Words of wisdom: "Passion is important...especially when you are just embarking on this journey after your graduation. For a long period of time in my life, the way I communicated was through dance, but in order for what I was doing onstage to translate to the audience, I had to be passionate about what I was doing, about life and living it in the most profound way I knew how. Embracing a spiritual enrichment that included experiences both good and bad catapulted and helped me evolve into my leadership role in the consciousness of service."
Rennie Harris (Bates College, 2010)
The lesson: Being persistent pays off.
Harris even shares the quirky but effective way he tracked his progress.
Words of wisdom: "Persistency and consistency wins out. As long as I'm persistent and consistent, I will be successful. When I was about 26 or 27...I started to think about my life a little bit. I started to ask myself, What do I want to do when I grow up? Everybody was asking me that since I was 8 or 9, and finally I asked myself. I knew I wanted to provide for my family. I wanted to be successful at whatever I did.
So I created this list: three columns. One was B.S. The other was P.M. And the other one was C.M.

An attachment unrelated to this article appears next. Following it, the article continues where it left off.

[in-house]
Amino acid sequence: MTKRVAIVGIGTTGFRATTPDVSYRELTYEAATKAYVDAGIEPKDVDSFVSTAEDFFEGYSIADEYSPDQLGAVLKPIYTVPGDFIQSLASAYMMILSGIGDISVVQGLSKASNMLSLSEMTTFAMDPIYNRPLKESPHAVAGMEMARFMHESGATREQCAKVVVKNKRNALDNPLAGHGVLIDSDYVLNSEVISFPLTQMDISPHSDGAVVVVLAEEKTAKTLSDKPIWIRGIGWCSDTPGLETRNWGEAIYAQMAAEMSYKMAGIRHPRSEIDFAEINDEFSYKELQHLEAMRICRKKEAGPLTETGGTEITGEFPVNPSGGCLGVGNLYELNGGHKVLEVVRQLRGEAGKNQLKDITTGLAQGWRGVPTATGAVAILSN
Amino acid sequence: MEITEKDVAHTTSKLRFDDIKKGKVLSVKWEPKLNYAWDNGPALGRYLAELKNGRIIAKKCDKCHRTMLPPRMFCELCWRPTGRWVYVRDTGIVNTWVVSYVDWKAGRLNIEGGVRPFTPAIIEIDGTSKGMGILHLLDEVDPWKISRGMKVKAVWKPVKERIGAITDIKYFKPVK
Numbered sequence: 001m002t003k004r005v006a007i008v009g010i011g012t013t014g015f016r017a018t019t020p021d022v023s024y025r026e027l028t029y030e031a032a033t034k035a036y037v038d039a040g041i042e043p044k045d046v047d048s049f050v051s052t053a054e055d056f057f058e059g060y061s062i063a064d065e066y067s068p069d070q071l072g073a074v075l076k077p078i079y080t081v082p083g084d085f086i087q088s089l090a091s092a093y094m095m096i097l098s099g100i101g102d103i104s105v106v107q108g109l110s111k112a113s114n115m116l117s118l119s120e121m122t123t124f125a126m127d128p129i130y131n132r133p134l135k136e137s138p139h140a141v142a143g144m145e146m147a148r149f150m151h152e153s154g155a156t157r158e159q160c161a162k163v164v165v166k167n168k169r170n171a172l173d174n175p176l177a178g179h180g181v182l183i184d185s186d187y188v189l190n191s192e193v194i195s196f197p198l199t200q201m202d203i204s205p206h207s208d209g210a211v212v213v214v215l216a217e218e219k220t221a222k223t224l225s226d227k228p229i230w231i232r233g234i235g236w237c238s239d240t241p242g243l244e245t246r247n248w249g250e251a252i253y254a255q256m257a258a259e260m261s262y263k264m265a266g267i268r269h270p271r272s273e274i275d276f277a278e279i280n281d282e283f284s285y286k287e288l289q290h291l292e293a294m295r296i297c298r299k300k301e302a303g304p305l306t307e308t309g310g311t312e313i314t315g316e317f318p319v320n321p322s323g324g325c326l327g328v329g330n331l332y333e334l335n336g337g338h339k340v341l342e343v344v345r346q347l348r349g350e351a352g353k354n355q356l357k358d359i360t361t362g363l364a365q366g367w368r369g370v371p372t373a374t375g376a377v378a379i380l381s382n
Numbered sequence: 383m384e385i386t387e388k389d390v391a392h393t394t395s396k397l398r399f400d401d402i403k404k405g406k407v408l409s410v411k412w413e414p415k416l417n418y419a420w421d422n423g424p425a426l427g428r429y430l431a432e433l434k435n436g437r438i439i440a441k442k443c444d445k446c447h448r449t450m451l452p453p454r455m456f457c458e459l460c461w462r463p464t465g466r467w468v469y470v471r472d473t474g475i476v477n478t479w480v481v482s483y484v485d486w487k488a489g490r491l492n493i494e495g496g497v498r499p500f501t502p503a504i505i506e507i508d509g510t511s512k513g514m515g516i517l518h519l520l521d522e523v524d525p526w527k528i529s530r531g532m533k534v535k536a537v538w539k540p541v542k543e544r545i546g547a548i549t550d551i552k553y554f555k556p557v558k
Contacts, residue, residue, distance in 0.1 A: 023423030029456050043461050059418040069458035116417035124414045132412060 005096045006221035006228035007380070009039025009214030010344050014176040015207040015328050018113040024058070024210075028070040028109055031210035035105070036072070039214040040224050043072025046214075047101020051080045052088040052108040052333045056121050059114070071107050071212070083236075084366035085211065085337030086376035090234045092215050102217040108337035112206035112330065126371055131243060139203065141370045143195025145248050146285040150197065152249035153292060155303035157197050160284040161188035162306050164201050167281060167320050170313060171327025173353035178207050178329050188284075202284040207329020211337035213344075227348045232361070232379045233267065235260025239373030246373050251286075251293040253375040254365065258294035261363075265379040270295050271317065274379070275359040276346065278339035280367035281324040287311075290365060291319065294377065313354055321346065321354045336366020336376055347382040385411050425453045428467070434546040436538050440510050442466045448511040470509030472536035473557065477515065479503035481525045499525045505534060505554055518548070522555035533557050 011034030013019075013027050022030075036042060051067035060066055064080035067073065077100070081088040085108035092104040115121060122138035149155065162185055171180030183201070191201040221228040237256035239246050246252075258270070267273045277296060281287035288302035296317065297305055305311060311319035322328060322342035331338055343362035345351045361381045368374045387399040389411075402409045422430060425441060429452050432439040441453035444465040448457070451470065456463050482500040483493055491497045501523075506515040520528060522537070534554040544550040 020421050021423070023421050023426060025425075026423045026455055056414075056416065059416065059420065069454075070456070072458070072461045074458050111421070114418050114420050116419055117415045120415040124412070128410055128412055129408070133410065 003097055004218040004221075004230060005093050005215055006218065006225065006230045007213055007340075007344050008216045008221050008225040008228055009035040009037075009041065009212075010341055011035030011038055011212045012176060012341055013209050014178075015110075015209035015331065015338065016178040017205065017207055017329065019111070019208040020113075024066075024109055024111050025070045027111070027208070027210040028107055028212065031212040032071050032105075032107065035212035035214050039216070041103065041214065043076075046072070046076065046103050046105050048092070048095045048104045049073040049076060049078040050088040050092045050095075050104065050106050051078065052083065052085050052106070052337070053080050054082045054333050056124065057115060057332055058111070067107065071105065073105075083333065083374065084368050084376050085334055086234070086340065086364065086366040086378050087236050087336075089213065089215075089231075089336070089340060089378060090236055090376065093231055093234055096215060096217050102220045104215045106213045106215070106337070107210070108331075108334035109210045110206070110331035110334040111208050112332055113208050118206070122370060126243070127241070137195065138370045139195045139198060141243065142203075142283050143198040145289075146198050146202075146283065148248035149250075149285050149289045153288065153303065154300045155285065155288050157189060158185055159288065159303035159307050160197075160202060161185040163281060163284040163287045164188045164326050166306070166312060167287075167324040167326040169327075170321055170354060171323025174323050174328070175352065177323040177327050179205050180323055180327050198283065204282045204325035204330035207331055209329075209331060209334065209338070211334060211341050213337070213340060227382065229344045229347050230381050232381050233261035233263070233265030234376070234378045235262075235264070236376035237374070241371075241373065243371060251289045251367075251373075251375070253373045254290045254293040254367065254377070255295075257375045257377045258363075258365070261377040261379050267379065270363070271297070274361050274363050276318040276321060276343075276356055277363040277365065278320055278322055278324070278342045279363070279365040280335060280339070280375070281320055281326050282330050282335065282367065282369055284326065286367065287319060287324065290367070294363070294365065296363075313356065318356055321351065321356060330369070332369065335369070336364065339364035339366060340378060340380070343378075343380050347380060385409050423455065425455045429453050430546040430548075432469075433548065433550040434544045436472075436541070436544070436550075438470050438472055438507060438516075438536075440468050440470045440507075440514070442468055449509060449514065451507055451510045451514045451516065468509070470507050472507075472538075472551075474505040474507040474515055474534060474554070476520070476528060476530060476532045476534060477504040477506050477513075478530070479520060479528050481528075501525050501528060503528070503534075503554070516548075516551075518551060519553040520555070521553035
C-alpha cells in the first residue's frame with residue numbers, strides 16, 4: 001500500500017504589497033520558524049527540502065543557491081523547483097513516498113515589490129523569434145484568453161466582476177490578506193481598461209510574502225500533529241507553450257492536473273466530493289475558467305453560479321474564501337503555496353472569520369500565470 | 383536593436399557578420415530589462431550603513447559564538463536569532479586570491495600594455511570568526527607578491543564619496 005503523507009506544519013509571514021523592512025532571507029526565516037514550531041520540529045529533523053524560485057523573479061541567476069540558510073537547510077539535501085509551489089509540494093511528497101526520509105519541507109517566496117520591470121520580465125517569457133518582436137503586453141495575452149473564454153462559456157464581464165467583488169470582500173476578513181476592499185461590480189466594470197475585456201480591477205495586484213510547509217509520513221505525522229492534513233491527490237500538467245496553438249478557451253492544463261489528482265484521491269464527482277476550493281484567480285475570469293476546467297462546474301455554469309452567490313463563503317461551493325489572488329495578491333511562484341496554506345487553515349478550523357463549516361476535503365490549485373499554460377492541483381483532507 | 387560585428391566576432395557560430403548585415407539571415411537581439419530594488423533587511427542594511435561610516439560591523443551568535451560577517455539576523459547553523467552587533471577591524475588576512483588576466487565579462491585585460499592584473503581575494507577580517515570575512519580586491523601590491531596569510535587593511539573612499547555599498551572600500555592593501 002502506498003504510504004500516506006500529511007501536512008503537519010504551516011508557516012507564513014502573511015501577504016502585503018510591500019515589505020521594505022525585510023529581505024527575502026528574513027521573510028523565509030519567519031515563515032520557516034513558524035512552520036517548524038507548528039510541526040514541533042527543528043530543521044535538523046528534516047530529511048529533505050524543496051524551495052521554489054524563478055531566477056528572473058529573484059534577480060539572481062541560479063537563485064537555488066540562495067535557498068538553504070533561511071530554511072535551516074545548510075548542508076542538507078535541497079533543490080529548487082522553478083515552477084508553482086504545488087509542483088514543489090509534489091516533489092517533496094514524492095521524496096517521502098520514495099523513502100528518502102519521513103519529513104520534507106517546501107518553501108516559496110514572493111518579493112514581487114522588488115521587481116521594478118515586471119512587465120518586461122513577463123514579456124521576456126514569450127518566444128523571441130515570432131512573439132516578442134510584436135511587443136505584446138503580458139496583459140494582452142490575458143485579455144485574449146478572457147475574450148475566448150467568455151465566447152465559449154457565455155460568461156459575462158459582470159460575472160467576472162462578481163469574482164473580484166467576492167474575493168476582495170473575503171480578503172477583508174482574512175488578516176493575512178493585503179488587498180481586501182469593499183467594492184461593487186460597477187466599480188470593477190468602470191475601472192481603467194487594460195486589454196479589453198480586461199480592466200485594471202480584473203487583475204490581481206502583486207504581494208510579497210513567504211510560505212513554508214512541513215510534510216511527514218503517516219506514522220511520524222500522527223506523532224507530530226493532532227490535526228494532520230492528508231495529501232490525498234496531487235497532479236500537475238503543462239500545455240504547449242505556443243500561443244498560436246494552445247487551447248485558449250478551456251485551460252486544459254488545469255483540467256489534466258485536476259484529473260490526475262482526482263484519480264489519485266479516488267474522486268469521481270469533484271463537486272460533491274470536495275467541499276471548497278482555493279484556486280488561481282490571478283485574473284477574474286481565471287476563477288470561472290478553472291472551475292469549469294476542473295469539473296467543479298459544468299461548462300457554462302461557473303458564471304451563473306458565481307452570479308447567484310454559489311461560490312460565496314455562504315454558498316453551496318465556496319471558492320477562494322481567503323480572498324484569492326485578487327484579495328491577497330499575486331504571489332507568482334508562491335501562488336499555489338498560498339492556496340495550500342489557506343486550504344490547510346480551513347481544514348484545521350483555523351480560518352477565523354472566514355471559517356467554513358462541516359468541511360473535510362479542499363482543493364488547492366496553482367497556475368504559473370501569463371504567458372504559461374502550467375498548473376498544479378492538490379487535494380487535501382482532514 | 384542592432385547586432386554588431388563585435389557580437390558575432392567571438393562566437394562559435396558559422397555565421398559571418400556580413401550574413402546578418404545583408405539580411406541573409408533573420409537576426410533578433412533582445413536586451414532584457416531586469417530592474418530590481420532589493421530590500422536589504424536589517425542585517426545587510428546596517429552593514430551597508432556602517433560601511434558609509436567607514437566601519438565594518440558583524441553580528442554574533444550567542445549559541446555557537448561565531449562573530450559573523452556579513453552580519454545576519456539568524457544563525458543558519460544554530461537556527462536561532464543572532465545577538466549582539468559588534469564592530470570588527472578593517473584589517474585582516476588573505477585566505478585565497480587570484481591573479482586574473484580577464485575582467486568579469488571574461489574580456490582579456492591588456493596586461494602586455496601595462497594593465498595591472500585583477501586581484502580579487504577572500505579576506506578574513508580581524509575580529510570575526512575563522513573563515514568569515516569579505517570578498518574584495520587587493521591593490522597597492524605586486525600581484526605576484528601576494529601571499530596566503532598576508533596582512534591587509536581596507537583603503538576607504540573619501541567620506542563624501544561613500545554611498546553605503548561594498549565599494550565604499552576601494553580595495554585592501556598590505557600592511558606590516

At the end of the day I would log down all of the things I did that day: I talked to my brother about the Eagles and why they can't win the Super Bowl. That was B.S.; I put it in the B.S. column. I talked to a friend about a potential project for a play; that was in the P.M. column for "Potential Money." We got the grant for this play, and it moved over to the C.M. column: "Confirmed Money."
And so, as you can imagine, my B.S. column was about two pages long and I had maybe one or two things in the P.M. and C.M. columns. Eventually after logging this for about two months, I started to see that my B.S. column started to shrink and the other two columns were full. This kept me on track with what I was doing and where I wanted to go. I made that decision to do it. I made a conscious decision to say, 'This is what I want to do.' Finally."
Alonzo King (CalArts, 2007)
The lesson: In this short, casual speech captured by one of the attendees, Alonzo King gives dancers frank and unexpected advice: "Don't go begging for jobs."
Words of wisdom: "The art is within you. Keep churning it, and jobs will come. Remember to be true to you, and then you're bringing them something...Never leave the idea that the germ is within you. Don't cheat on it. Don't leave it. Stay with it."